Dec. 9, 2008 -- WASHINGTON — Military leaders knew the dangers posed by roadside bombs before the start of the Iraq war but did little to develop vehicles that were known to better protect forces from what proved to be the conflict's deadliest weapon, a report by the Pentagon inspector general says.
The Pentagon "was aware of the threat posed by mines and improvised explosive devices (IEDs) … and of the availability of mine resistant vehicles years before insurgent actions began in Iraq in 2003," says the 72-page report, which was reviewed by USA TODAY.
The report is to be made public today.
Marine Corps leaders "stopped processing" an urgent request in February 2005 for Mine Resistant Ambush Protected (MRAP) vehicles from combat commanders in Iraq's Anbar province after declaring that a more heavily armored version of existing Humvee vehicles was the "best available" option for protecting troops, the report says.
Marine officials "did not develop a course of action for the (request), attempt to obtain funding for it or present it to the Marine Corps Requirements Oversight Council for a decision on acquiring" MRAPs, the report says.
The military continued relying mainly on Humvees until May 2007, when then-incoming Defense secretary Robert Gates called procurement of the MRAPs his top priority. Since then, the Pentagon has spent more than $22 billion to buy more than 15,000 of the vehicles.
When field commanders first began requesting MRAPs, military officials saw the armored Humvees as a more immediate option to countering IEDs, Pentagon press secretary Geoff Morrell said. "The threat has evolved and our force protection measures have evolved with it," he said.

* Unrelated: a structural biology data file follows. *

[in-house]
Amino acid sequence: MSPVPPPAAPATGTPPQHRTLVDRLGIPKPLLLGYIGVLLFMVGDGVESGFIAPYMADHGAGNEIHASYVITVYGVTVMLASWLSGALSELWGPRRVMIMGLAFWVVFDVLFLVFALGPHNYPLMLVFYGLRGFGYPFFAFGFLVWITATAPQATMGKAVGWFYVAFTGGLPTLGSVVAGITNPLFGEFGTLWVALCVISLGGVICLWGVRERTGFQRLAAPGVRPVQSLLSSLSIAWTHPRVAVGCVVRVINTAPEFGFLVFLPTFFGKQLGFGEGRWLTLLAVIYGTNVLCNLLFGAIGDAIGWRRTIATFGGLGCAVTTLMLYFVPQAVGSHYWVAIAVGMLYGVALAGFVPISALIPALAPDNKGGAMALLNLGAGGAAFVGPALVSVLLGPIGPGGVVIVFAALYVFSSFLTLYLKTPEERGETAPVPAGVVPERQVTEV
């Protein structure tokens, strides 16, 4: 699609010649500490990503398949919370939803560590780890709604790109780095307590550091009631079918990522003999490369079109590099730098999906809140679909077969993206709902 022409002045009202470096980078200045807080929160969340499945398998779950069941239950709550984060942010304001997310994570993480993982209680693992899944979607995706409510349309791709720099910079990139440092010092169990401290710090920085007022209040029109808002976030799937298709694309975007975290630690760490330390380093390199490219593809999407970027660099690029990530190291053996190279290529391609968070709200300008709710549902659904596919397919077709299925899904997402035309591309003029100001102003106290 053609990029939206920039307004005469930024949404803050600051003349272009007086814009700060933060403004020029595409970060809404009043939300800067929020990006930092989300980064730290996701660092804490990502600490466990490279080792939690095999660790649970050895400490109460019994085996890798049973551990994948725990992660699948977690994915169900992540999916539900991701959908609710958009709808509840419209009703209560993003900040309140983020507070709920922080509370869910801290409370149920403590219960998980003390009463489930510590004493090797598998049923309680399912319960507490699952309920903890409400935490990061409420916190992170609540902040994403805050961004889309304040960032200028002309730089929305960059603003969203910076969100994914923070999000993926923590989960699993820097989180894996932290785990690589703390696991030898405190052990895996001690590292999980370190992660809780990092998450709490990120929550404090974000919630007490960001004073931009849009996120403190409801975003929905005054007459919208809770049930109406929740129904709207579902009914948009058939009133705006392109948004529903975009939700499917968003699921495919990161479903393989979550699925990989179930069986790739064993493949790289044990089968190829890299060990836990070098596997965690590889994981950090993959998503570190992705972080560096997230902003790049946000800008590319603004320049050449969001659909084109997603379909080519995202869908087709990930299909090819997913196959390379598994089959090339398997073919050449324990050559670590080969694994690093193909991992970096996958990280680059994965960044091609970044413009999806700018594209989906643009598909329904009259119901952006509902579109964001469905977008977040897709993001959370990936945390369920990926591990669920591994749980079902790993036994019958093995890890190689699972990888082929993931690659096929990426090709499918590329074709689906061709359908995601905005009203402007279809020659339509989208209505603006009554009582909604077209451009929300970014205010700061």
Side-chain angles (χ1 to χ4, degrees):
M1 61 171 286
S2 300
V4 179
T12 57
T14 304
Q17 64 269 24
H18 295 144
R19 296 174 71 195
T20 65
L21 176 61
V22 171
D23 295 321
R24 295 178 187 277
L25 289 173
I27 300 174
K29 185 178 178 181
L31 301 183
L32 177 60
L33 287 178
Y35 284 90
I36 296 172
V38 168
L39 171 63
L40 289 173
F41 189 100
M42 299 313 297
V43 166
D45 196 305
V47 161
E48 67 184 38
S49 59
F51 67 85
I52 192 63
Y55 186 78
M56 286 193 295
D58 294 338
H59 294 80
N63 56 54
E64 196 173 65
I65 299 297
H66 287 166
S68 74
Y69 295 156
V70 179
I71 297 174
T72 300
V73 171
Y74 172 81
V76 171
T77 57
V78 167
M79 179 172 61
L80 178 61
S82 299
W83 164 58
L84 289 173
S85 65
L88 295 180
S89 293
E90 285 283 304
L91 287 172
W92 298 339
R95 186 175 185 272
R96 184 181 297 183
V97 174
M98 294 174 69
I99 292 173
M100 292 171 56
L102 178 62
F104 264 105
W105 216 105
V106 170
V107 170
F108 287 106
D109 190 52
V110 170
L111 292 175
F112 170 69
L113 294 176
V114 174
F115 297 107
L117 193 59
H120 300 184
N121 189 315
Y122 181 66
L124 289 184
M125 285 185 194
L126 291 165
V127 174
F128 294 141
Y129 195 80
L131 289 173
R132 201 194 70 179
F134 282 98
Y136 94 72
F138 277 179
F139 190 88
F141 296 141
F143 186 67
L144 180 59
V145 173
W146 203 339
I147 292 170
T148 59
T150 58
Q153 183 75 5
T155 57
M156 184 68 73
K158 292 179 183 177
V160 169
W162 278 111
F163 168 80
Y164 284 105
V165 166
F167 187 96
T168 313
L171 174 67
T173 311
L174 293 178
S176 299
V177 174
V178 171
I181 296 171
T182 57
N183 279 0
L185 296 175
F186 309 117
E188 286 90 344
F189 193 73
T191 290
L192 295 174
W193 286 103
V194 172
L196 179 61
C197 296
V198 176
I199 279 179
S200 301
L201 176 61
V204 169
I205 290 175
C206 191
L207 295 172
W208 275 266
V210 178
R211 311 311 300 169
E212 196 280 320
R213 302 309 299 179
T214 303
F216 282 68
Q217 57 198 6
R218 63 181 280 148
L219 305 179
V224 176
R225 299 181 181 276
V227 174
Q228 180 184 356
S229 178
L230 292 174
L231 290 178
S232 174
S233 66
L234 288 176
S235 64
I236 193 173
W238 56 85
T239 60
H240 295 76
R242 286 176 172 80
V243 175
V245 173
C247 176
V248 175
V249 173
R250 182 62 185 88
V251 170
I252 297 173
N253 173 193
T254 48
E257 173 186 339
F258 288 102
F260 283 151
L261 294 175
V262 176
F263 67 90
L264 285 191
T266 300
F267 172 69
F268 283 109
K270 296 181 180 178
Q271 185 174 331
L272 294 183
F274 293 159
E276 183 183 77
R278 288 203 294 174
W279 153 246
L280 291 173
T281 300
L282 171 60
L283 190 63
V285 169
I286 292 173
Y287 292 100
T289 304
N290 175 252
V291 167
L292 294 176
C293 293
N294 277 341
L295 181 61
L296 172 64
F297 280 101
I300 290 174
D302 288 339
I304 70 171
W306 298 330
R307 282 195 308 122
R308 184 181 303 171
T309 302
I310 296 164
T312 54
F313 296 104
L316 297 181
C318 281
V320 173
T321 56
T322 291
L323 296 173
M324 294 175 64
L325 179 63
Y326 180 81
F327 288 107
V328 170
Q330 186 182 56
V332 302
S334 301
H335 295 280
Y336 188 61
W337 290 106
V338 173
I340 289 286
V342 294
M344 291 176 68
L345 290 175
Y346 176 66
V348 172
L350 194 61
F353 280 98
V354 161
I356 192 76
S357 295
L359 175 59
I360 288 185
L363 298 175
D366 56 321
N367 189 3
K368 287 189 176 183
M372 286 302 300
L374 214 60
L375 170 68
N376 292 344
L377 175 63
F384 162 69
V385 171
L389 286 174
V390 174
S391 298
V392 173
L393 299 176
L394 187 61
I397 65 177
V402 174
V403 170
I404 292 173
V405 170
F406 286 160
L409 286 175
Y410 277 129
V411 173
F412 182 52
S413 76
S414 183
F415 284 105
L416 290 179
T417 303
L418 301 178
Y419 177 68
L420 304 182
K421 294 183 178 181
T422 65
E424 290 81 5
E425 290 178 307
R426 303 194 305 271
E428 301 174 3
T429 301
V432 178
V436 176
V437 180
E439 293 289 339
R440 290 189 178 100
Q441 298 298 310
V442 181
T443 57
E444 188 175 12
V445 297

The Marines requested the inspector general's investigation in February after an internal report accused the Corps of "gross mismanagement" of the urgent request for MRAPs. Hundreds of Marines died unnecessarily because of delays in fielding the vehicles, said the Jan. 22 study by Franz Gayl, a retired Marine officer and civilian science adviser.
Two U.S. senators — Democrat Joe Biden of Delaware, now the vice president-elect, and Republican Kit Bond of Missouri — demanded an investigation after details of Gayl's study were published.
"The Pentagon was aware of the threat IEDs posed to our troops prior to our intervention in Iraq and still failed to take the steps to acquire the technology needed to reduce the risk," Bond said after reviewing the report. "Some bureaucrats at the Pentagon have much to explain."
USA TODAY detailed the Pentagon's failure to move quickly on MRAP development in a series of stories last year. Gates credited one of those stories with sparking his interest in the vehicles.
Marine commanders in Iraq's then-volatile Anbar province sought 1,169 MRAPs in the February 2005 urgent request. "There is an immediate need for an MRAP vehicle capability to increase survivability and mobility of Marines operating in a hazardous fire area," it said.
The inspector general's report says that Marine officials advised Marine Corps commandant Michael Hagee at the time that armored Humvees were the "best available, most survivable" vehicles to meet the request.
MRAPs are far more resistant to IEDs and landmines than armored Humvees because they're higher off the ground and rest on a V-shaped hull, which deflects blasts from the vehicle's underside.